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My 2014 Reading List

At the beginning of the year, I set a goal to read one book a month in an effort to break free from my routine of reading only tech and startup blogs. My wife, Eliza, had also been trying to get me to read more fiction in the seven years we’ve been together. This seemed like a goal worth pursing and easy to accomplish with very little effort. 

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Products I Couldn't Live Without in 2014

Every year around the holidays, my buddy and fellow Patriots fan, Ryan Spoon, compiles a list of his favorite products. I’ve always enjoyed reading his annual post so I’ve decided to follow his lead and curate my own list. Given I review and test hundreds if not thousands of new products each year, I’m fascinated by the ones that create enough value that I come back to over and over again.  These are the apps, tools and gadgets that cut through the clutter and ultimately made my life more productive, happier and healthier in 2014. 

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New Investment: theSkimm

About three years ago when I was at Lerer Ventures, I first met Carly Zakin, Co-Founder of theSkimm, through my friend Rob Fishman. At the time, she was working at NBC News as a Producer and wrestling with her next career move. We discussed a number of her options including joining a startup or building one from scratch. Later that winter, Carly was back in my office explaining that she was hours away from quitting her job to start a media company with her best friend Danielle Weisberg. Carly and Danielle ultimately launched theSkimm because they could not ignore a huge void in the market — they saw that their friends, who are intelligent and super busy, were not engaging with news in a way they enjoyed, fit into their routine, or made them keep coming back for more.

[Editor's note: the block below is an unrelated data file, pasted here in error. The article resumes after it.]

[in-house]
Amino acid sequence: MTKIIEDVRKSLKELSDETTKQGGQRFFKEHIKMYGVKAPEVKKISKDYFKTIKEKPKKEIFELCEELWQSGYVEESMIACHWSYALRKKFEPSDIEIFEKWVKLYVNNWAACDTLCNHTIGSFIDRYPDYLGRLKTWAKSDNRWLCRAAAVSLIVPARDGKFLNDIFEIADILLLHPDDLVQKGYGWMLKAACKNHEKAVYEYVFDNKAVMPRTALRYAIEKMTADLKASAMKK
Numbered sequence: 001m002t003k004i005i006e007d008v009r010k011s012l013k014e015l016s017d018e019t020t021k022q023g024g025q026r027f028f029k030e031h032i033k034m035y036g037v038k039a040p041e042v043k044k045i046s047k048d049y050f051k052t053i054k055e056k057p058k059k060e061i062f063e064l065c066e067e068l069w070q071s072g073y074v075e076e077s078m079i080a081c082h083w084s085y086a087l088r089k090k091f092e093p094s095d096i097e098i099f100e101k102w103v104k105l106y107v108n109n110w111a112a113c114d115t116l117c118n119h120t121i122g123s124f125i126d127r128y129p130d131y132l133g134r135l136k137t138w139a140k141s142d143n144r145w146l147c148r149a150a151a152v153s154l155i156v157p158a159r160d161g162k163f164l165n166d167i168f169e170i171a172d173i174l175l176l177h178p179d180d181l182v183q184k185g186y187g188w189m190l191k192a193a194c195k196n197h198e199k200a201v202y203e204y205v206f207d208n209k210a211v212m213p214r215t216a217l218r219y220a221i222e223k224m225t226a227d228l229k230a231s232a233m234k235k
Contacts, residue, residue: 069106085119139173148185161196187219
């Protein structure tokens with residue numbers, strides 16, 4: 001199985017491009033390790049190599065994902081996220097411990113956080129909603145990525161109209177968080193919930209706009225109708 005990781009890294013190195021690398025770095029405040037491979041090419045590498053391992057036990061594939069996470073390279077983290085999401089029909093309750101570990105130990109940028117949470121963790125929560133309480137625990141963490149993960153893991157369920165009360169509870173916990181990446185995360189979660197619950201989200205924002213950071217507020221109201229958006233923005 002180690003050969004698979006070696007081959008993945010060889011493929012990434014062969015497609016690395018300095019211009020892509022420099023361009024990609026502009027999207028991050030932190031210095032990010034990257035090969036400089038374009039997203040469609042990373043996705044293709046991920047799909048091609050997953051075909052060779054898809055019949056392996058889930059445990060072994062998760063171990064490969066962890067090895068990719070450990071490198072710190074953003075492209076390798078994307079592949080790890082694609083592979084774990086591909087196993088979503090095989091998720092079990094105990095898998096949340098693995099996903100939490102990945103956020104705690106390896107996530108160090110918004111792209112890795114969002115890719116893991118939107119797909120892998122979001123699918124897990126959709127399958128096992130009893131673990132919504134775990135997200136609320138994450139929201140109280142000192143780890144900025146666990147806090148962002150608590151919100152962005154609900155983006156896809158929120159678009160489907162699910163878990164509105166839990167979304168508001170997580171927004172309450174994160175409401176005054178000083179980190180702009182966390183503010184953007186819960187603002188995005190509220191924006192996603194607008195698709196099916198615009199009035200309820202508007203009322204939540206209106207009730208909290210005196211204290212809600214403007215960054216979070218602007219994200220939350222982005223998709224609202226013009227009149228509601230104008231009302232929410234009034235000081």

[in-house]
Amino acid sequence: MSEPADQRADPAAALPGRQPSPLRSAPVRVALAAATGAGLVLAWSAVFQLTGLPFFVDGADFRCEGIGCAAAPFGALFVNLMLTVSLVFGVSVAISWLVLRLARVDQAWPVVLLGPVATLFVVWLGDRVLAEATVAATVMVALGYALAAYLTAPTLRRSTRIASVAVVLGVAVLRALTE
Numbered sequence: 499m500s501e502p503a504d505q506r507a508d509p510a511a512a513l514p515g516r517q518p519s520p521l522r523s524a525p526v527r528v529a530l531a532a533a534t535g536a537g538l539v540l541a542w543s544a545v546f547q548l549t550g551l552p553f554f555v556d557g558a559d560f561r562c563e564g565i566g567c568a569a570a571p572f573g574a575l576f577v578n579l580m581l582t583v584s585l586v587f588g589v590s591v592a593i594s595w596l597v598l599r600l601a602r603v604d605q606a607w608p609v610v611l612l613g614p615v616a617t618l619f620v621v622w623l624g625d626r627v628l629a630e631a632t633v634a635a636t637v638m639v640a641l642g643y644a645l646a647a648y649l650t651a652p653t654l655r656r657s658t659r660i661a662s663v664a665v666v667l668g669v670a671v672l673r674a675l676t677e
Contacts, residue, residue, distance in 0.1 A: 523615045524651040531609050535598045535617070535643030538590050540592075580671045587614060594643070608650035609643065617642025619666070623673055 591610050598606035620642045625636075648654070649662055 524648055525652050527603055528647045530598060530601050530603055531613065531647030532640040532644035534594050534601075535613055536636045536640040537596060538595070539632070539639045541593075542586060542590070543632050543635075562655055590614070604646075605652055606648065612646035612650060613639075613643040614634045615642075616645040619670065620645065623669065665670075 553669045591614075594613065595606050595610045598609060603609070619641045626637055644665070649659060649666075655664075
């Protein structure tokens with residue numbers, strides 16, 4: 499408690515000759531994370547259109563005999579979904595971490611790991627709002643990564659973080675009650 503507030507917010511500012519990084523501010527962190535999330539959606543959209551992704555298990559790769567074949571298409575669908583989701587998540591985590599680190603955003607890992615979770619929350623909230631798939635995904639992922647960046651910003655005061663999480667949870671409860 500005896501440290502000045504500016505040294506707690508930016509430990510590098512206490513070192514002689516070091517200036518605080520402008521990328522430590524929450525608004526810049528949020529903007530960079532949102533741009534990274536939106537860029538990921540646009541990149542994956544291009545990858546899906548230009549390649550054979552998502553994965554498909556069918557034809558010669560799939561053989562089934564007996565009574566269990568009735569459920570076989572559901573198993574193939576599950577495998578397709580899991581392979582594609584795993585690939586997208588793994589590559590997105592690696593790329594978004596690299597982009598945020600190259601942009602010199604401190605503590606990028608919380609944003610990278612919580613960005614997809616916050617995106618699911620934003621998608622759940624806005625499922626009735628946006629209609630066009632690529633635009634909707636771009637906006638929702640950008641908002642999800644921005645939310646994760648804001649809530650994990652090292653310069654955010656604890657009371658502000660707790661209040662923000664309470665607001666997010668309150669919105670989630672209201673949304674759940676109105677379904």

theSkimm is the first company that has been able to transform news and information into a lifestyle brand.  The team is obsessed with making it easier to be smarter and finding ways information can be streamlined into their audiences routines. Their first product, the Daily Skimm, is an email newsletter that arrives in your inbox every morning and provides all the news you need to know for the day. In essence, theSkimm is recreating what morning television means for their target audience. The numbers prove that Carly and Danielle are on to something big. theSkimm now boasts more than one million active readers, thousands of volunteer Skimm’bassadors in more than twenty cities, and an authentic voice that its readers trust. 

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Radical Transparency: Review Me on Dunwello